Written submissions lodged with Chief Justice in elections case

Stabroek News
January 9, 1998

Lawyers for Aubrey Norton, the General Secretary of the People's National Congress (PNC), have lodged written submissions with Chief Justice Desiree Bernard in the elections case. These submissions summarise the arguments raised in court by senior counsel for Norton in response to the procedural objections raised by senior counsel for Chancellor of the Judiciary Cecil Kennard, Chairman of the Elections Commissions Doodnauth Singh and Mrs Janet Jagan, to the hearing of the motion.

The respondents' lawyers were expected to lodge their written submissions yesterday. Mr Derek Jagan S.C. had argued that the motion was not properly served in that the return date was less than the two clear days required by the rules of the court. Norton's counsel submitted that the unconditional appearance of the respondents on Monday, 23rd December l997 had cured this defect. "An appearance gratis cures any defect in service".

Norton's counsel relied on the decision of Justice Crane in Re Arthur and Hermanstyne to support their argements that there was no need to refer to the relevant section of the Representation of the People Act in the rubric of the motion.

Dealing with Mr. De Santos's submission that the declaration by Mr. Singh of Mrs Jagan as president was not a "decision" and was therefore not amenable to certiorari they referred to statements in the text book on Administrative Law by Professor Wade to the effect that many cases of judicial review "turned on the legality of acts as opposed to decisions".

Counsel submitted that for someone to enter upon the duties of president after a general election in Guyana one of the requirements was that the list of candidates in which that person was designated as presidential candidate must have obtained more votes than any other list.

Section 96 of the Act requires the Chief Election Officer to calculate the total amount of valid votes cast for each list, relying (inter alia) on the information furnished by returning officers under the same Act; and after calculating those votes, to "ascertain" the result of the election in accordance with sections 97 and 98 (which deal with allocation of seats in and the naming of members of the National Assembly).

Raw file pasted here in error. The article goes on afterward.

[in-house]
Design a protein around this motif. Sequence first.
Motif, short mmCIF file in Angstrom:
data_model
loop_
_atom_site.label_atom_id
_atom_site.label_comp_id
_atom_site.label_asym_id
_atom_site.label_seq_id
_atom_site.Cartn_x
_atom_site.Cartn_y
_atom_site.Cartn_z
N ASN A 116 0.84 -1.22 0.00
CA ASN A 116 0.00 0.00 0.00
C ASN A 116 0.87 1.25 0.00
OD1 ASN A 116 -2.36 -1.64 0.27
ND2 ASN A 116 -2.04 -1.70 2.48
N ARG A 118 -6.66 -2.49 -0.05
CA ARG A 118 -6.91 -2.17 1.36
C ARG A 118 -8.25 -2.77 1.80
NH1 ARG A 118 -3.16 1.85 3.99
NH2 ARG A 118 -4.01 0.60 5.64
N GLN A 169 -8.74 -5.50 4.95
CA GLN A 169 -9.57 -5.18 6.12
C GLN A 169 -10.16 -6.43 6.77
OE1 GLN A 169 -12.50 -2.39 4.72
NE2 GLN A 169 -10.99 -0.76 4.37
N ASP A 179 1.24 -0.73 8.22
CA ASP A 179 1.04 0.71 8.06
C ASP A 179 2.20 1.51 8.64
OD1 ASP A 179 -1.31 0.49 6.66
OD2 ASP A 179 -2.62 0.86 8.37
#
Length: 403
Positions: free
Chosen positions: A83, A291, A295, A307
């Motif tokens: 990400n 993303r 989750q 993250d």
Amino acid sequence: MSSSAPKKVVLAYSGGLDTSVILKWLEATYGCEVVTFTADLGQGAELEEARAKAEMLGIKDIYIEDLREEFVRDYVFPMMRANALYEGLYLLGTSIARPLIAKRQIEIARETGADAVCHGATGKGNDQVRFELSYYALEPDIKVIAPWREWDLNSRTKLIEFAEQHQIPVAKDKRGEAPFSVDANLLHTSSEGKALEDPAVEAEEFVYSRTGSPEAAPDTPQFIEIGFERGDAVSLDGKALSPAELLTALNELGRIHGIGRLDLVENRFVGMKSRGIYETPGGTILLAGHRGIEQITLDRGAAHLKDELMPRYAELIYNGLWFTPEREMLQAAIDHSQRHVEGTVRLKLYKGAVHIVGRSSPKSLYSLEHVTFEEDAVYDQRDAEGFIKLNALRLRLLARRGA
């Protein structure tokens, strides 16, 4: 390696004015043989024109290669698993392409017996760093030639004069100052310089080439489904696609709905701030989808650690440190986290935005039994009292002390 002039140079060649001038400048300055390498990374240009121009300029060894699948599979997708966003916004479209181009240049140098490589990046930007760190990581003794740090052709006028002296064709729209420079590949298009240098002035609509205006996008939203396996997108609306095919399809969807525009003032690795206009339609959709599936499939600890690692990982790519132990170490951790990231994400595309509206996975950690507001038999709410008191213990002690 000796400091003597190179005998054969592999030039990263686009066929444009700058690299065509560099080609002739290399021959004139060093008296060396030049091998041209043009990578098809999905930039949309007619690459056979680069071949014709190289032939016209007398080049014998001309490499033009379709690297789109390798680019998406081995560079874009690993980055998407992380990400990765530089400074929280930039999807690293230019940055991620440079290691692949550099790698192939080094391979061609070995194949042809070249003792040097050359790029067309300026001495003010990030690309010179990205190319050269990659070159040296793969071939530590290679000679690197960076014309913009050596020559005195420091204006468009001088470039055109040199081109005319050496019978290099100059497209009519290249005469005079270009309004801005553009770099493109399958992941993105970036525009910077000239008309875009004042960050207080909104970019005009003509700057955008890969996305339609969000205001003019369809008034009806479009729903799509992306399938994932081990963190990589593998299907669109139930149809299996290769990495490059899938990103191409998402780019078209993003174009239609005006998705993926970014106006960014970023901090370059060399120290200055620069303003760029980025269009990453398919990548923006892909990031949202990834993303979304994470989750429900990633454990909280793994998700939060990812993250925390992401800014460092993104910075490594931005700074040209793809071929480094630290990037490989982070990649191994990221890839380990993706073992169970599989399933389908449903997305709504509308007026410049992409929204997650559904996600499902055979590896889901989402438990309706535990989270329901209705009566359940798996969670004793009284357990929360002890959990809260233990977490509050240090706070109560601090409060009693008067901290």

This section, they argued, does not permit a guesstimate to be acted upon nor a projection of a final total. It requires that the total votes of each list be calculated by the Chief Election Officer. Accordingly, Mr Singh could not have made a lawful declaration at that time without the vote count complete.

Dealing with the clause ousting the jurisdiction of the court in the Constitution counsel submitted that where there are acts of an official that are ultra vires provisions seeking to deny access to the court usually have no effect.

They also submitted that the proper forum is not the Court of Appeal as had been argued as Article l77 (4) of the Constitution which Mr. de Santos had relied on is limited to questions of qualification of members of the National Assembly (the president is not a member) and interpretation of the Constitution.

Finally, in response to the argument that the proper form of action is in an election petition filed after the election counsel submitted that that line of cases is not relevant as what is being decided here has nothing to do with the composition of the National Assembly and the exclusive jurisdiction of parliament in that regard but with the declaration of a President who is not a member of the Assembly.